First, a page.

Representational image. (Pratik Chorge/HT Photo)
Representational image. (Pratik Chorge/HT Photo)

India’s domestic air traffic to accelerate from July: CAPA

The aviation think tank and consultancy firm Centre for Asia Pacific Aviation said that the aviation industry is heading into a higher-cost environment at a time when it can least afford to
By Neha LM Tripathi
PUBLISHED ON JUN 03, 2021 07:40 PM IST

Aviation think tank and consultancy firm Centre for Asia Pacific Aviation (CAPA) projected that domestic air passenger traffic in the financial year (FY) 2022 will be 80-95 million, up from 52.5 million in FY 2021, but below the FY 2020 number of 140 million passengers.

While stating that there would be moderate recovery in June with an acceleration in air traffic from the second quarter, CAPA said there will also be rising confidence and continued traffic recovery in the second half of this financial year and that international air passenger traffic will be in the range of 16-21 million.

According to the consultancy, airlines are estimated to need around US$5 billion of re-capitalisation in FY 2022 just to survive, and Air India and IndiGo combined will represent around US$4.5bn of the approximately US$8bn of losses.

CAPA said the second half of the year is expected to see more domestic traffic.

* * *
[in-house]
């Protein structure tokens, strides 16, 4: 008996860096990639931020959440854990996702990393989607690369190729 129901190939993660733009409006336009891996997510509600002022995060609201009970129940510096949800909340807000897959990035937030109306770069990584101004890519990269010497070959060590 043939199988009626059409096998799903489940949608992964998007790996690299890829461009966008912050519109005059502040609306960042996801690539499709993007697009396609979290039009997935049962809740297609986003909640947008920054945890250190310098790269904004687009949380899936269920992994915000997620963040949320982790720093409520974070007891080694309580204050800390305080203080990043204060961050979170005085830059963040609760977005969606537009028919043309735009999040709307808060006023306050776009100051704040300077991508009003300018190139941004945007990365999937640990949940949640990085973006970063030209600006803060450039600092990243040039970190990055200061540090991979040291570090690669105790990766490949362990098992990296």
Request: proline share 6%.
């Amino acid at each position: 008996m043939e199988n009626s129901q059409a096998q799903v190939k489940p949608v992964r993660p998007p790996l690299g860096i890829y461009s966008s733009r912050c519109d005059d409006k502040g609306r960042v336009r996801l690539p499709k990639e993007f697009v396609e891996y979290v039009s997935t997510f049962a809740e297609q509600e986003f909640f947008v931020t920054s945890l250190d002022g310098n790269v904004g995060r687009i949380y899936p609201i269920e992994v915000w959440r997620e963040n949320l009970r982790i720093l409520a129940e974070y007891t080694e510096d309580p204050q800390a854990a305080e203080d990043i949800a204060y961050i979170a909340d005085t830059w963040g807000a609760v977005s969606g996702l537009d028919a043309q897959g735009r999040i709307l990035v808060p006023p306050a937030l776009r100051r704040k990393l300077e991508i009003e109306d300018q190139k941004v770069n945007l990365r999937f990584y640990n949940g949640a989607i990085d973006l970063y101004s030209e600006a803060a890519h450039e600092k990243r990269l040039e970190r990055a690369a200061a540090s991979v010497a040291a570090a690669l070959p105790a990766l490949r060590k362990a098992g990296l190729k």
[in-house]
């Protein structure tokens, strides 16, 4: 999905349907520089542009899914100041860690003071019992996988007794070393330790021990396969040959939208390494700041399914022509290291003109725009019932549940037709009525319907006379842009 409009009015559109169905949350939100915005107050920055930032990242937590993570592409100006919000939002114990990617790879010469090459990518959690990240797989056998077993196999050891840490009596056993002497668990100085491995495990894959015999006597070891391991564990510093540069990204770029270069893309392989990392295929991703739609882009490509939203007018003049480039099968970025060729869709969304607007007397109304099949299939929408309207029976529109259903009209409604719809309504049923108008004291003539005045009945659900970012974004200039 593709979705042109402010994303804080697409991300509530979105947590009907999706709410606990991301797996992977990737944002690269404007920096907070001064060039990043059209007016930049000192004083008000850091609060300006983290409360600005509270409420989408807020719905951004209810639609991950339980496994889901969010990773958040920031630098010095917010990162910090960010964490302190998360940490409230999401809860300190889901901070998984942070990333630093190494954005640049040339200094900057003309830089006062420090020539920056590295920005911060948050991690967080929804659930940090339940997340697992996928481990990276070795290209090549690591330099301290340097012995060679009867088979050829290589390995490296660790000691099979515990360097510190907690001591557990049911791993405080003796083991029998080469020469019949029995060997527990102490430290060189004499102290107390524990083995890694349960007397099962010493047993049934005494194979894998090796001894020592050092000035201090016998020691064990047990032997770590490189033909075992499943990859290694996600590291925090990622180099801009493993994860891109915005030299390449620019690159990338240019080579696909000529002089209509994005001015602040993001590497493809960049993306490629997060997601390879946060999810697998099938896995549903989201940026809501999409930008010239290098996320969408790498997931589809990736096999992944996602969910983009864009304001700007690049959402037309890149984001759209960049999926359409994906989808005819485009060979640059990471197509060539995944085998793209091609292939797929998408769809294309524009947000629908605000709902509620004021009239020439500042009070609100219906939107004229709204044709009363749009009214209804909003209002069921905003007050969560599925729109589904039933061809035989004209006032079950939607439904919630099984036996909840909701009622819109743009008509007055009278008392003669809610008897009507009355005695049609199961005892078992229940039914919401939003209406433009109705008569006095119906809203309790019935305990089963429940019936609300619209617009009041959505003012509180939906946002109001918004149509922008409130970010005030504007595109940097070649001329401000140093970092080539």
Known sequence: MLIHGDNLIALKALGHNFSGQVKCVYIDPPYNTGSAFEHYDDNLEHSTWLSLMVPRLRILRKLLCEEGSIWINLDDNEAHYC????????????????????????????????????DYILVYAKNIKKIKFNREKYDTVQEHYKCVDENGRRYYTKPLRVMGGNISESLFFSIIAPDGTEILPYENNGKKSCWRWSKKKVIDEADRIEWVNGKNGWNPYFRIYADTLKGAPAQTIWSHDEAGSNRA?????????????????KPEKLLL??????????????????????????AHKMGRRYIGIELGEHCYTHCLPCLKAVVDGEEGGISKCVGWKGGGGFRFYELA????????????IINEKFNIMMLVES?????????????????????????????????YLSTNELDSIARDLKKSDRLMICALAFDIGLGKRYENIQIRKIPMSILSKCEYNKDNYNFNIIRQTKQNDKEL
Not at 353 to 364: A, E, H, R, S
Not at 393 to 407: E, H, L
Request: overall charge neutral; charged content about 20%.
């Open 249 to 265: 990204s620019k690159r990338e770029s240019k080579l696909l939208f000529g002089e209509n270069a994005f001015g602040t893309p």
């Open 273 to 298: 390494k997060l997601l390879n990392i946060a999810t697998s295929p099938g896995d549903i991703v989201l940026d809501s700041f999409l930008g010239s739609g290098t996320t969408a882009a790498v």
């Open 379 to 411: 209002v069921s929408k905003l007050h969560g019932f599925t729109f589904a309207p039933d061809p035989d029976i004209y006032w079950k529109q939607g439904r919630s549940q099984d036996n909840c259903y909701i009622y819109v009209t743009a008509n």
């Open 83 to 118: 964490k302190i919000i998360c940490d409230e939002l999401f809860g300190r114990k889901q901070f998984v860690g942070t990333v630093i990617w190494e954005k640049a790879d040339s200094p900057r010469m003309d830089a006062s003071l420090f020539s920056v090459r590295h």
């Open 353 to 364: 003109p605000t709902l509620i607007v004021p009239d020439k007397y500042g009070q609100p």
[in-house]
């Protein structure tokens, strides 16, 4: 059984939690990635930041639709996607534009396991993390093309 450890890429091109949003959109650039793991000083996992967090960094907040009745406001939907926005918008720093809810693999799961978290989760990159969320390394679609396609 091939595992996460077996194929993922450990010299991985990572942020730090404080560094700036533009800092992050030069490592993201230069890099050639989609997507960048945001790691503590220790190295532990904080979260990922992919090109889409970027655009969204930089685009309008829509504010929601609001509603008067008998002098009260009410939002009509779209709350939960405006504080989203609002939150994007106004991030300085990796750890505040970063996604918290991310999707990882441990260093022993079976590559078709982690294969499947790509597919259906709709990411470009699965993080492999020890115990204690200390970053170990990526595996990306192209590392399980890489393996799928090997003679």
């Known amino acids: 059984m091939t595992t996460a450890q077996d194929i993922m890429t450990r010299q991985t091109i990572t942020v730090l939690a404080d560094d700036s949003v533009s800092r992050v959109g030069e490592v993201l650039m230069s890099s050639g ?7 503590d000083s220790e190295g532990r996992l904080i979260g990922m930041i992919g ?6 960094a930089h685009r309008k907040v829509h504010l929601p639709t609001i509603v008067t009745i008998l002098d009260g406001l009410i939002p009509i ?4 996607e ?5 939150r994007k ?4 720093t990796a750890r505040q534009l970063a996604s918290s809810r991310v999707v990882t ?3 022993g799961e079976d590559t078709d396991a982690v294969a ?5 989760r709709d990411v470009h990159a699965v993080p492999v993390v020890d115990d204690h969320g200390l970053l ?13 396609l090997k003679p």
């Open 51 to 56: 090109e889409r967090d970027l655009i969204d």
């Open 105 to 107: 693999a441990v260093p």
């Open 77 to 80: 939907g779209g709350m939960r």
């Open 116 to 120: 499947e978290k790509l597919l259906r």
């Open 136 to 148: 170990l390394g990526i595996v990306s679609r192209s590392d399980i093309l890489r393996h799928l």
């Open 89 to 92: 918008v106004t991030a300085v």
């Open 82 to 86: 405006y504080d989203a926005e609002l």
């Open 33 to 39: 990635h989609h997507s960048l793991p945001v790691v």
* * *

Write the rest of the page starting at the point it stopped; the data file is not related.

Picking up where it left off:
Also Read | India’s domestic air passenger traffic down by 65-67% from April to May: Icra

“As was the case in the second half of FY 2021, we expect to see rising confidence and continued traffic recovery in the second half of this financial year—partly due to the easing of restrictions and the expansion of bubble agreements, but also due to the prospects of increased international deployment by Indian carriers. For example, Vistara is likely to launch routes to North America and other long-haul destinations with its fleet of four 787s,” CAPA said in its airlines outlook for FY 2022.

CAPA, however, said that international traffic is likely to be constrained because of border restrictions and that it will be particularly sensitive to discrete decisions taken by governments on such matters, which is unpredictable.

CAPA said that the aviation industry is heading into a higher-cost environment at a time when it can least afford to.

“Our projections assume an average oil price of US $70/barrel and an exchange rate of US $1= 75. It is possible that oil could spike to US$75/barrel, and the currency could depreciate to 77 per dollar. Airport charges are also expected to be a potential challenge. It is possible, in certain scenarios, to see a domestic user development fee (UDF) of around 1,000 per departing passenger, and an international UDF of 2000-2500,” CAPA’s estimation stated.

In the domestic market, fare and capacity regulation are expected to continue for a large part of FY 2022, according to CAPA. It also said that removing caps may be more challenging than it was to introduce them.

“The government may need to develop a framework to conduct a financial stress test of carriers prior to removing price and capacity regulations,” the aviation consultancy said.

It also said that international operations to/from India are expected to continue under air bubble agreements for much of FY 2022, with the capacity available under these bubble agreements expected to increase from October.

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